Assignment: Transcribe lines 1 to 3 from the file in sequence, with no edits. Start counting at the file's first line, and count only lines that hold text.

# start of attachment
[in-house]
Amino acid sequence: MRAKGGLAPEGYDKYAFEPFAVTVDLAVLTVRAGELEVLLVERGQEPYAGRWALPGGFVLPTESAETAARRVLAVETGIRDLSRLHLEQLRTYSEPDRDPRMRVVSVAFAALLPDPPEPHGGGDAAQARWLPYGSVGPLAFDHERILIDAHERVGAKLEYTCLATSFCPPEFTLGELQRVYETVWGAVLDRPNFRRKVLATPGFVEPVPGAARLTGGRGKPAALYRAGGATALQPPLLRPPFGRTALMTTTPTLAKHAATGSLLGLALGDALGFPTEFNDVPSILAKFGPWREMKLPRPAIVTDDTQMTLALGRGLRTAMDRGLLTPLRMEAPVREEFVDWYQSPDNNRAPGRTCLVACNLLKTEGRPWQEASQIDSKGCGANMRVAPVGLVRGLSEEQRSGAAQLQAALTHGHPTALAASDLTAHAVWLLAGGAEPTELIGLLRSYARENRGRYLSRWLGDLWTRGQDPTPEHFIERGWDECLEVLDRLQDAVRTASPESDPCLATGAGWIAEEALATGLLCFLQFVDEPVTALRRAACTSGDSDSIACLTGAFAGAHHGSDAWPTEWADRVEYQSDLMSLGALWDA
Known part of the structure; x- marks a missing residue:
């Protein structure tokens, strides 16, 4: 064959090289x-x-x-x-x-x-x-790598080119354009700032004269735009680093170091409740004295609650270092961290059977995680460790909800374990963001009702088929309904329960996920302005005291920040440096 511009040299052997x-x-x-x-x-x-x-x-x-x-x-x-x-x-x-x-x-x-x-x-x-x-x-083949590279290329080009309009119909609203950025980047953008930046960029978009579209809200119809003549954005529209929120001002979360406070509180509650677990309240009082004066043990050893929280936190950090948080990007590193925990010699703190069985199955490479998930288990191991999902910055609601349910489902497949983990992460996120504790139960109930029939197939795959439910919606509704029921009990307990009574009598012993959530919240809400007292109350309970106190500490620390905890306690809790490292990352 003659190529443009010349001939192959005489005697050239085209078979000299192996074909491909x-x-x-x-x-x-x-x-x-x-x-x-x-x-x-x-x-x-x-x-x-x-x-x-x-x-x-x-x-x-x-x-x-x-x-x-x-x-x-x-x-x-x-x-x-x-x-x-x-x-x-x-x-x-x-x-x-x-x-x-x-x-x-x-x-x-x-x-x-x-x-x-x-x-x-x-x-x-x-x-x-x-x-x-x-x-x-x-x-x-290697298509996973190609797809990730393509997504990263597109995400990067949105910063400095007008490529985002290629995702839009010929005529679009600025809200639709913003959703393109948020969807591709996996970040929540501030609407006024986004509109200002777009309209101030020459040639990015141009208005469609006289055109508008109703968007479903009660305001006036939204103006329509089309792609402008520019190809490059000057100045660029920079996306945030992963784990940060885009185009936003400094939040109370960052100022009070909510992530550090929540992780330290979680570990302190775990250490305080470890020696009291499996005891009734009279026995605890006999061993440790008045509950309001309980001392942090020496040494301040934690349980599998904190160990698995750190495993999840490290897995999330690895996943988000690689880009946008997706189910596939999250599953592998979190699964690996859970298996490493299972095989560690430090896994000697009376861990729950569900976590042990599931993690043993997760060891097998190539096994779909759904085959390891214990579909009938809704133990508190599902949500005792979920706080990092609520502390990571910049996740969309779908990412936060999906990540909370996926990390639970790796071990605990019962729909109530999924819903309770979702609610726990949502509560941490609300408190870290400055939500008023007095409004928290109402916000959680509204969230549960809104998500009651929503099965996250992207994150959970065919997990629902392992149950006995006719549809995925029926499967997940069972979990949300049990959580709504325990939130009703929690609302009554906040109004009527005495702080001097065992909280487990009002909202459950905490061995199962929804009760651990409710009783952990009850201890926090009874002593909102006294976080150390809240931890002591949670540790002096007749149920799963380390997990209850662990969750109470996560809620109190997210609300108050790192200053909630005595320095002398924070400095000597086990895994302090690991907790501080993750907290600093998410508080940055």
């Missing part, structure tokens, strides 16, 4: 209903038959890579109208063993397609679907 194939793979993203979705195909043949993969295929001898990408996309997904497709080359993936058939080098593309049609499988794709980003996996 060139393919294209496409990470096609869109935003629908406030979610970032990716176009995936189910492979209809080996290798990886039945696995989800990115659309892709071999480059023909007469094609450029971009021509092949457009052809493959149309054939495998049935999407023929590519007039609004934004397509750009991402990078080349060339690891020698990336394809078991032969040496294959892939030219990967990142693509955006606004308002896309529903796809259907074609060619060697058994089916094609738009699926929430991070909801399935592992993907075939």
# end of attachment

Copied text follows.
[in-house]
Amino acid sequence: MRAKGGLAPEGYDKYAFEPFAVTVDLAVLTVRAGELEVLLVERGQEPYAGRWALPGGFVLPTESAETAARRVLAVETGIRDLSRLHLEQLRTYSEPDRDPRMRVVSVAFAALLPDPPEPHGGGDAAQARWLPYGSVGPLAFDHERILIDAHERVGAKLEYTCLATSFCPPEFTLGELQRVYETVWGAVLDRPNFRRKVLATPGFVEPVPGAARLTGGRGKPAALYRAGGATALQPPLLRPPFGRTALMTTTPTLAKHAATGSLLGLALGDALGFPTEFNDVPSILAKFGPWREMKLPRPAIVTDDTQMTLALGRGLRTAMDRGLLTPLRMEAPVREEFVDWYQSPDNNRAPGRTCLVACNLLKTEGRPWQEASQIDSKGCGANMRVAPVGLVRGLSEEQRSGAAQLQAALTHGHPTALAASDLTAHAVWLLAGGAEPTELIGLLRSYARENRGRYLSRWLGDLWTRGQDPTPEHFIERGWDECLEVLDRLQDAVRTASPESDPCLATGAGWIAEEALATGLLCFLQFVDEPVTALRRAACTSGDSDSIACLTGAFAGAHHGSDAWPTEWADRVEYQSDLMSLGALWDA
Known part of the structure; x- marks a missing residue: